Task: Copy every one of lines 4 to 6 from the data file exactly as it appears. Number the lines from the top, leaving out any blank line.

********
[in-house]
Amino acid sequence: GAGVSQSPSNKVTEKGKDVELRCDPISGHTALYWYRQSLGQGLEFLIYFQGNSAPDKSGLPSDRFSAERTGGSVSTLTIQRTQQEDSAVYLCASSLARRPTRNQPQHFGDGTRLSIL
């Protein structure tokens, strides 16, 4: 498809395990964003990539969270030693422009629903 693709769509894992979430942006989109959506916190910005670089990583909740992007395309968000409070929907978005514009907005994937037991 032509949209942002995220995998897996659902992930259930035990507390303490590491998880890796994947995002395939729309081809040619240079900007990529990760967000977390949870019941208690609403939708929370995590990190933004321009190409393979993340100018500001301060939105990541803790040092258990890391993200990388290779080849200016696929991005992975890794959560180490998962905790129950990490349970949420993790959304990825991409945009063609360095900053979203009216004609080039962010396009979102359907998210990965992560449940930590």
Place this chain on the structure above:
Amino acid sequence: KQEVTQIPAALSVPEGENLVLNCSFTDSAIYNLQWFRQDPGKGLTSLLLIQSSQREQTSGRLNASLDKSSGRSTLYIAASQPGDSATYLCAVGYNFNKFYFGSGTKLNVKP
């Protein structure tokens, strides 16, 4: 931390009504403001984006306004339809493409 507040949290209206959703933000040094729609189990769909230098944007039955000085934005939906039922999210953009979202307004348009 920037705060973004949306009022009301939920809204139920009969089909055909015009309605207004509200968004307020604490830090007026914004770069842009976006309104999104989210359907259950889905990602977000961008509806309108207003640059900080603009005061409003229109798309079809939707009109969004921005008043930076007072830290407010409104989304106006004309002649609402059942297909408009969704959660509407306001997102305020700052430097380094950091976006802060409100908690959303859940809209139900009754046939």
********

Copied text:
Place this chain on the structure above:
Amino acid sequence: KQEVTQIPAALSVPEGENLVLNCSFTDSAIYNLQWFRQDPGKGLTSLLLIQSSQREQTSGRLNASLDKSSGRSTLYIAASQPGDSATYLCAVGYNFNKFYFGSGTKLNVKP
């Protein structure tokens, strides 16, 4: 931390009504403001984006306004339809493409 507040949290209206959703933000040094729609189990769909230098944007039955000085934005939906039922999210953009979202307004348009 920037705060973004949306009022009301939920809204139920009969089909055909015009309605207004509200968004307020604490830090007026914004770069842009976006309104999104989210359907259950889905990602977000961008509806309108207003640059900080603009005061409003229109798309079809939707009109969004921005008043930076007072830290407010409104989304106006004309002649609402059942297909408009969704959660509407306001997102305020700052430097380094950091976006802060409100908690959303859940809209139900009754046939």